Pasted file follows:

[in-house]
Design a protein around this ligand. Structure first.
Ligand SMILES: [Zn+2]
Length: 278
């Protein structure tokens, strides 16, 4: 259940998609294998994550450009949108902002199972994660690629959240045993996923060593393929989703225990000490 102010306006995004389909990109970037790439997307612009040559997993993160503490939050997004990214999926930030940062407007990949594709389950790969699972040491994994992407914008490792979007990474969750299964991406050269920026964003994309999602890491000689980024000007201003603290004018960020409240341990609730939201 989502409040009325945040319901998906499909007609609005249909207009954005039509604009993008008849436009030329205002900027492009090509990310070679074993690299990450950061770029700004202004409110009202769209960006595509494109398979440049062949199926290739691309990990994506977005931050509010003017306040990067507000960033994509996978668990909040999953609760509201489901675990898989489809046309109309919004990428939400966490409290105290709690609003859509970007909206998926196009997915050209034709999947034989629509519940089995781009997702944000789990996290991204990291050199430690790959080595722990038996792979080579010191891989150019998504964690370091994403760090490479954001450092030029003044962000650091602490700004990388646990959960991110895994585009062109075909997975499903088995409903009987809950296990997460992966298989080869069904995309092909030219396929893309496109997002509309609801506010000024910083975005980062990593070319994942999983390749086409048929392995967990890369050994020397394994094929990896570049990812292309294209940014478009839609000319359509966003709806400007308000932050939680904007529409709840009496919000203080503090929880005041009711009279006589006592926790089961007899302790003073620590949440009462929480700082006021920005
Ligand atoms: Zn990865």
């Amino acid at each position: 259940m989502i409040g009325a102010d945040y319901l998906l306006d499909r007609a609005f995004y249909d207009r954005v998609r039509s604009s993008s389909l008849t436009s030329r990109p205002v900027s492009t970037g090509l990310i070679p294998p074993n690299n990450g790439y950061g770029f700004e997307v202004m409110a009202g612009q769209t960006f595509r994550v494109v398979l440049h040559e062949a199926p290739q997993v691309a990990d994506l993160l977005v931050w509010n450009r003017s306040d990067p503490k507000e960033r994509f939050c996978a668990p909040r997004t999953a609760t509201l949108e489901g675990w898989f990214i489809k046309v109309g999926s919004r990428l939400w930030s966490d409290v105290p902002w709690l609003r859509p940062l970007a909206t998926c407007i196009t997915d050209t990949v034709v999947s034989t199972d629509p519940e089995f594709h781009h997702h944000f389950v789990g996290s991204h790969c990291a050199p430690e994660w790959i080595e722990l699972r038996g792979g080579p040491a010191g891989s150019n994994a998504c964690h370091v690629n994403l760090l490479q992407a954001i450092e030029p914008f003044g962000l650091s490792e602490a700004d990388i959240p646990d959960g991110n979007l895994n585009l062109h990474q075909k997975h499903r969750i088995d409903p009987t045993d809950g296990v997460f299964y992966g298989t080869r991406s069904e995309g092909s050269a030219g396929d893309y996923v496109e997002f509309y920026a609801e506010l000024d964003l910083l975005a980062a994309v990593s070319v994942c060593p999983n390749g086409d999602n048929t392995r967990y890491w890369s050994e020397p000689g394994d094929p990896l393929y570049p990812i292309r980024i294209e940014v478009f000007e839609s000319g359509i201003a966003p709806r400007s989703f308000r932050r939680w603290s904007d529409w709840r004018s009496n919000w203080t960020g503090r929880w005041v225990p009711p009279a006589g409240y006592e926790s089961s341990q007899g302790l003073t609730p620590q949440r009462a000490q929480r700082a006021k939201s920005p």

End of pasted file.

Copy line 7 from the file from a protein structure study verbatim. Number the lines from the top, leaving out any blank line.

């Amino acid at each position: 259940m989502i409040g009325a102010d945040y319901l998906l306006d499909r007609a609005f995004y249909d207009r954005v998609r039509s604009s993008s389909l008849t436009s030329r990109p205002v900027s492009t970037g090509l990310i070679p294998p074993n690299n990450g790439y950061g770029f700004e997307v202004m409110a009202g612009q769209t960006f595509r994550v494109v398979l440049h040559e062949a199926p290739q997993v691309a990990d994506l993160l977005v931050w509010n450009r003017s306040d990067p503490k507000e960033r994509f939050c996978a668990p909040r997004t999953a609760t509201l949108e489901g675990w898989f990214i489809k046309v109309g999926s919004r990428l939400w930030s966490d409290v105290p902002w709690l609003r859509p940062l970007a909206t998926c407007i196009t997915d050209t990949v034709v999947s034989t199972d629509p519940e089995f594709h781009h997702h944000f389950v789990g996290s991204h790969c990291a050199p430690e994660w790959i080595e722990l699972r038996g792979g080579p040491a010191g891989s150019n994994a998504c964690h370091v690629n994403l760090l490479q992407a954001i450092e030029p914008f003044g962000l650091s490792e602490a700004d990388i959240p646990d959960g991110n979007l895994n585009l062109h990474q075909k997975h499903r969750i088995d409903p009987t045993d809950g296990v997460f299964y992966g298989t080869r991406s069904e995309g092909s050269a030219g396929d893309y996923v496109e997002f509309y920026a609801e506010l000024d964003l910083l975005a980062a994309v990593s070319v994942c060593p999983n390749g086409d999602n048929t392995r967990y890491w890369s050994e020397p000689g394994d094929p990896l393929y570049p990812i292309r980024i294209e940014v478009f000007e839609s000319g359509i201003a966003p709806r400007s989703f308000r932050r939680w603290s904007d529409w709840r004018s009496n919000w203080t960020g503090r929880w005041v225990p009711p009279a006589g409240y006592e926790s089961s341990q007899g302790l003073t609730p620590q949440r009462a000490q929480r700082a006021k939201s920005p």